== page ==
(Part 1) Generating Anchor boxes for Yolo-like network for vehicle detection using KITTI dataset.

Vivek Yadav, PhD

In this post, I will present steps for computing anchor boxes for YOLO9000 (or YOLOv2). YOLOv2 is a combined classification-bounding box prediction framework where we directly predict the objects in each cell and the corrections on anchor boxes. More specifically, YOLOv2 divides the entire image into 13X13 grid cells, next places 5 anchor boxes at each location and finally predicts corrections on these anchor boxes. YOLOv2 makes 5 predictions corresponding to corrections on location of center (x and y), height and width, and finally the intersection over union (IOU) between predicted bounding boxes and ground truth boxes. A unique feature of YOLOv2 is that all the predictions are have magnitude less than 1, as a result the chance of one type of cost dominating the optimization is less likely. A unique feature of YOLOv2 is that the anchor boxes are designed specifically for the given dataset using K-means clustering. Unlike other anchor boxes (or prior) based methods, like Single Shot Detection, YOLOv2 does not assume the aspect ratios or shapes of the boxes. As a result, the YOLOv2 in general has lower localization loss and has higher intersection over union (IOU) between the target and network prediction. The rest of the post is organized as follows,

  1. Data preparation
  2. Exploratory data analysis
  3. Generating anchor boxes using K-means clustering
  4. Assigning anchor boxes to ground truth targets
  5. Data preparation

I first downloaded images and label from the kitti object-detection data set. I downloaded detection labels and images for the car’s left-camera. After downloading, I put the images and labels in separate folders titled kitti_land kitti_labels respectively. I then combined cars, trucks and van into one group called vehicles, and cyclists and pedestrian into a group called Person. In addition, I computed the center location, width and height of each bounding box, and normalized it by image dimensions. This allowed to resize image as needed and compute the same bounding boxes without any additional calculations. This also makes the process of data augmentation easy, that I will discuss in a more appropriate section later.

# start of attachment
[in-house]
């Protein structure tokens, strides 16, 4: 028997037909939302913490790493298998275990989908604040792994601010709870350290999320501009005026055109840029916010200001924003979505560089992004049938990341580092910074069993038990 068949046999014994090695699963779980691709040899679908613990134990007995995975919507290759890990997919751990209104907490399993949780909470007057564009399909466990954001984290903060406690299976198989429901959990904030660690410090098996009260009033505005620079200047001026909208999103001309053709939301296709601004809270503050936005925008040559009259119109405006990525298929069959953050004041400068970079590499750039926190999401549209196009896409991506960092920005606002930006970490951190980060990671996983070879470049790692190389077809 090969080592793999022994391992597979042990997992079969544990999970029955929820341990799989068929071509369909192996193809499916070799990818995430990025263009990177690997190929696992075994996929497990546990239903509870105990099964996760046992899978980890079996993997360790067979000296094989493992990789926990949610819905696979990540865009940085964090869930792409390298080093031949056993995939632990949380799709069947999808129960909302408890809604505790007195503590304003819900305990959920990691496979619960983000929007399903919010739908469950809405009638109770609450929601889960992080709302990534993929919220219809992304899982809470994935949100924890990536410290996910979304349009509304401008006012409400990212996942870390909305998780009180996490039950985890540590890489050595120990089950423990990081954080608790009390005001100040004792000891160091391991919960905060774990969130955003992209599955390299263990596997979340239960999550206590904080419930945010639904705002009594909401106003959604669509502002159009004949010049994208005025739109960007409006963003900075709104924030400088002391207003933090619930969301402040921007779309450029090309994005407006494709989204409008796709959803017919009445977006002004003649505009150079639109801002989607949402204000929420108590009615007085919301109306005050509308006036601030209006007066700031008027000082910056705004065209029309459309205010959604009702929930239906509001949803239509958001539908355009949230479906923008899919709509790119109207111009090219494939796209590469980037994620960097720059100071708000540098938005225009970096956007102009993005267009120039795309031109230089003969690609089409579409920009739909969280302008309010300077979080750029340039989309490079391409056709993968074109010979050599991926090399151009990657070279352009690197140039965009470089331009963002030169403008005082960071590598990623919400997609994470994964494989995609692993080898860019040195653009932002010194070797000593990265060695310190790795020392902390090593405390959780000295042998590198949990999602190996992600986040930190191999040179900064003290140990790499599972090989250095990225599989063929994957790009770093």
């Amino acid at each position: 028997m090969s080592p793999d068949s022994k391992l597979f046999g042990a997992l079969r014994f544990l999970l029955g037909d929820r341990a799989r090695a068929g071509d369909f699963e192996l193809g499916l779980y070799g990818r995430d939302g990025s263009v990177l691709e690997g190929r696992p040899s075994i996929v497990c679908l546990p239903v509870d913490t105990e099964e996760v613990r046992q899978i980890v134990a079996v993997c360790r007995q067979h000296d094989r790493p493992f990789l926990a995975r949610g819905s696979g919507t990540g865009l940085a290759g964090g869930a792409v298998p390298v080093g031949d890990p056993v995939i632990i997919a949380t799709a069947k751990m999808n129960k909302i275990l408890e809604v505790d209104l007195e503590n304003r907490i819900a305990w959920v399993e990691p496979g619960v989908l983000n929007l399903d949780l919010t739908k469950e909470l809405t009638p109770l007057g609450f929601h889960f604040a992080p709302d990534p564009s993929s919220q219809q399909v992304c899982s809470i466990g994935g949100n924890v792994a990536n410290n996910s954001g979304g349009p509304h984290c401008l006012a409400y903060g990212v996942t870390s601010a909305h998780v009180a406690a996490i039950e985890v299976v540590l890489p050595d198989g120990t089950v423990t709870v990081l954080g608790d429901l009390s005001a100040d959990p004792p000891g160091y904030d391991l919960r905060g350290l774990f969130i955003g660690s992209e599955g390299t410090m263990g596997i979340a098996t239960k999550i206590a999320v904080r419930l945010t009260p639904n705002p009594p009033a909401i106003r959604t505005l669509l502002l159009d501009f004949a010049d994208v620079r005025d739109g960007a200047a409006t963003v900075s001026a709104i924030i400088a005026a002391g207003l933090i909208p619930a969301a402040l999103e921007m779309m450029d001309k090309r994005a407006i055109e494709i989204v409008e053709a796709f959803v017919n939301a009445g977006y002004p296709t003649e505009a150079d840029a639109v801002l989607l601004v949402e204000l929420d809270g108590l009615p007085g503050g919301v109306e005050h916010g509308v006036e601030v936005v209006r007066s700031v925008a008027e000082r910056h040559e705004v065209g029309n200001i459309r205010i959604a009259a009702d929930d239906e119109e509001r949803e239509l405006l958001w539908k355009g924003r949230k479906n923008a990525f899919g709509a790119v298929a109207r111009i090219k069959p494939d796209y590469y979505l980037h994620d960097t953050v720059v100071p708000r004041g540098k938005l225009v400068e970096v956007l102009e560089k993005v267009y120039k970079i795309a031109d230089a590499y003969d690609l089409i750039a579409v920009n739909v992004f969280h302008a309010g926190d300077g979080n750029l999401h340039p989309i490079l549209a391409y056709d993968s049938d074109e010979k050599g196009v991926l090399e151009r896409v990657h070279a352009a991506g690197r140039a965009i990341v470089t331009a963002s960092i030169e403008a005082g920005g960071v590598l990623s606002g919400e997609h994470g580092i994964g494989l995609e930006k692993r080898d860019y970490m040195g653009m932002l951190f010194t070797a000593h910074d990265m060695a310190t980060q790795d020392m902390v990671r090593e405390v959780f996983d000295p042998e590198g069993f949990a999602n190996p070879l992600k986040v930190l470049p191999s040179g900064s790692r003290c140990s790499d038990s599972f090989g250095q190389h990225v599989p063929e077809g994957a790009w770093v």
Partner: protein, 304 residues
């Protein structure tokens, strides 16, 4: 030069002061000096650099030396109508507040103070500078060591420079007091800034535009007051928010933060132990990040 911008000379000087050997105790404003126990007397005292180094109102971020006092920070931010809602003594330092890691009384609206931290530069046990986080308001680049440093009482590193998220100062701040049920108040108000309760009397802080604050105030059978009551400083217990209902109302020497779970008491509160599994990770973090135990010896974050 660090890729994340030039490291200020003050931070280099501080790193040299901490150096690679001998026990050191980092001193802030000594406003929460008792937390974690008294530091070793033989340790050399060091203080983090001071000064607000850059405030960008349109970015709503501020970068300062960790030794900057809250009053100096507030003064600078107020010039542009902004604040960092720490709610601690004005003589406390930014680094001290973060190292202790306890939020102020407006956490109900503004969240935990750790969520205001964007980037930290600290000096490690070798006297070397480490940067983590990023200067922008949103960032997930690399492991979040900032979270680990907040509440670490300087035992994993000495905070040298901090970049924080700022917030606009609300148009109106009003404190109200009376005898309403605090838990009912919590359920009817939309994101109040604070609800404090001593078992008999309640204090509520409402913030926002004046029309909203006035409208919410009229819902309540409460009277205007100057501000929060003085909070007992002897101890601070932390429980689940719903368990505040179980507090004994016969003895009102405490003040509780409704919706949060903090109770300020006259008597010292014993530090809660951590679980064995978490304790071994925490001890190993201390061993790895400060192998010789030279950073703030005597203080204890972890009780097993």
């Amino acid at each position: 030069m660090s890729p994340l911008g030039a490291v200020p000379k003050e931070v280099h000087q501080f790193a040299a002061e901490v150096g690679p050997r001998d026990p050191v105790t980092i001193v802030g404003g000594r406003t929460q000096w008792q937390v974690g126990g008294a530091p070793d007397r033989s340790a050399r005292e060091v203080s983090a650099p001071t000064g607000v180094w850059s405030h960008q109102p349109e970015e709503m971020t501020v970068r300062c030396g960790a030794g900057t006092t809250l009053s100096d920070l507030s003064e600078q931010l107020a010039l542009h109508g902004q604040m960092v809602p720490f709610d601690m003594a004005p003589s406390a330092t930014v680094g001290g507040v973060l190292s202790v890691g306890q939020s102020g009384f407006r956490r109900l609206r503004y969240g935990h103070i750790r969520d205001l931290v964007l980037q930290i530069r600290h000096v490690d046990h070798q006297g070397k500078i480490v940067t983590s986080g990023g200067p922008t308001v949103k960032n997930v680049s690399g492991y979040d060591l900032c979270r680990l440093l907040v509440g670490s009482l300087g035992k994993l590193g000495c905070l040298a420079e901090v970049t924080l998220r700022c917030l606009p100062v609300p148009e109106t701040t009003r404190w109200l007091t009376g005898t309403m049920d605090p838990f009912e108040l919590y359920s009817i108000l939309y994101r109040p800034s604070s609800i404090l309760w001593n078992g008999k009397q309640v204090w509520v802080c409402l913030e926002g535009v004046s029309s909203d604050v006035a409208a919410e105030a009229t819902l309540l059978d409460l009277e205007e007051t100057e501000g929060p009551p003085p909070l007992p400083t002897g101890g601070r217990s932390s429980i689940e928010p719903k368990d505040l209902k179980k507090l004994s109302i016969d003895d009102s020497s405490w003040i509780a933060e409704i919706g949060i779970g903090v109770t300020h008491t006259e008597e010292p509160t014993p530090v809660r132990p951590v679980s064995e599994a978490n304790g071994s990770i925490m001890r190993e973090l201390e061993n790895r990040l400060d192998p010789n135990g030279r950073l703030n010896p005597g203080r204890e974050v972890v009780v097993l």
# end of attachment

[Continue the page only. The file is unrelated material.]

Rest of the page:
2. Exploratory data analysis (EDA)

EDA is perhaps the most important step of building any machine learning algorithm. Here, I will try and explain what YOLOv2 tries to do. Figure below presents a representative image from kitti dataset, in kitti-dataset each image is of size 1242 X 375, and there are about 7400 images with approximately 25000 annotations. Please note, the labels are normalized by height and width of the image.

Sample image and bounding box labels

Kitti is especially interesting data set, and more real-life type of data set. In kitti, images are organized by varying level of difficulty, and images have different types of issues that one may encounter in a more realistic data set. These issues can broadly be grouped into 3 types,

Occlusion: Occlusion happens when one object is either partially or completely occluded by

Example of occlusion

Overcrowded image: Most bounding box prediction methods predict a fixed number of bounding boxes. However, if the images is overcrowded, the algorithm will try to lump

Crowded bounding boxes
A nightmare for any human detection system

Incorrect annotations: The last issue is one where images are not completely annotated. For example, in the image below there are about 16 cars that are not tagged.

Mislabeled cars

3. Generating anchor boxes using K-means clustering